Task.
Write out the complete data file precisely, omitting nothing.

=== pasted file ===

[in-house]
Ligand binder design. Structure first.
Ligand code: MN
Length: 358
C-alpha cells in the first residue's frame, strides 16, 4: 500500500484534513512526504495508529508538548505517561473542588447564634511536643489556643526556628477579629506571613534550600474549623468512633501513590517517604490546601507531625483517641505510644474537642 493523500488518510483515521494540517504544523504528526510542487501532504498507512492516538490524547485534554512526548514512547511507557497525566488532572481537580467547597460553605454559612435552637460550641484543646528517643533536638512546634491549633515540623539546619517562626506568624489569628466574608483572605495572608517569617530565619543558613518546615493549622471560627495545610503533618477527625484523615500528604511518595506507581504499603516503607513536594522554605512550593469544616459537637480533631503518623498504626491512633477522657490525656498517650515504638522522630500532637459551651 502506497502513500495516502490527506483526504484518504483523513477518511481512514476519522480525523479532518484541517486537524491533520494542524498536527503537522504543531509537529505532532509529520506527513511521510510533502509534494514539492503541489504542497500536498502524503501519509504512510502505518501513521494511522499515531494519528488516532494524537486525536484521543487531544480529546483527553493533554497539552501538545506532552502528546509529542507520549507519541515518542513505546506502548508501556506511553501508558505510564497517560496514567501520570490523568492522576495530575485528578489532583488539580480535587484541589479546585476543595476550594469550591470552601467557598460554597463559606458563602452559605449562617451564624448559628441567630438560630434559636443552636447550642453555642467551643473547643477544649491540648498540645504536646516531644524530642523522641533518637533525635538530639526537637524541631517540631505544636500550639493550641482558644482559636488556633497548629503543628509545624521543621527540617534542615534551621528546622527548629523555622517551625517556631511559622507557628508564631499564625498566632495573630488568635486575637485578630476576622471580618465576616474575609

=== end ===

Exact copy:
[in-house]
Ligand binder design. Structure first.
Ligand code: MN
Length: 358
C-alpha cells in the first residue's frame, strides 16, 4: 500500500484534513512526504495508529508538548505517561473542588447564634511536643489556643526556628477579629506571613534550600474549623468512633501513590517517604490546601507531625483517641505510644474537642 493523500488518510483515521494540517504544523504528526510542487501532504498507512492516538490524547485534554512526548514512547511507557497525566488532572481537580467547597460553605454559612435552637460550641484543646528517643533536638512546634491549633515540623539546619517562626506568624489569628466574608483572605495572608517569617530565619543558613518546615493549622471560627495545610503533618477527625484523615500528604511518595506507581504499603516503607513536594522554605512550593469544616459537637480533631503518623498504626491512633477522657490525656498517650515504638522522630500532637459551651 502506497502513500495516502490527506483526504484518504483523513477518511481512514476519522480525523479532518484541517486537524491533520494542524498536527503537522504543531509537529505532532509529520506527513511521510510533502509534494514539492503541489504542497500536498502524503501519509504512510502505518501513521494511522499515531494519528488516532494524537486525536484521543487531544480529546483527553493533554497539552501538545506532552502528546509529542507520549507519541515518542513505546506502548508501556506511553501508558505510564497517560496514567501520570490523568492522576495530575485528578489532583488539580480535587484541589479546585476543595476550594469550591470552601467557598460554597463559606458563602452559605449562617451564624448559628441567630438560630434559636443552636447550642453555642467551643473547643477544649491540648498540645504536646516531644524530642523522641533518637533525635538530639526537637524541631517540631505544636500550639493550641482558644482559636488556633497548629503543628509545624521543621527540617534542615534551621528546622527548629523555622517551625517556631511559622507557628508564631499564625498566632495573630488568635486575637485578630476576622471580618465576616474575609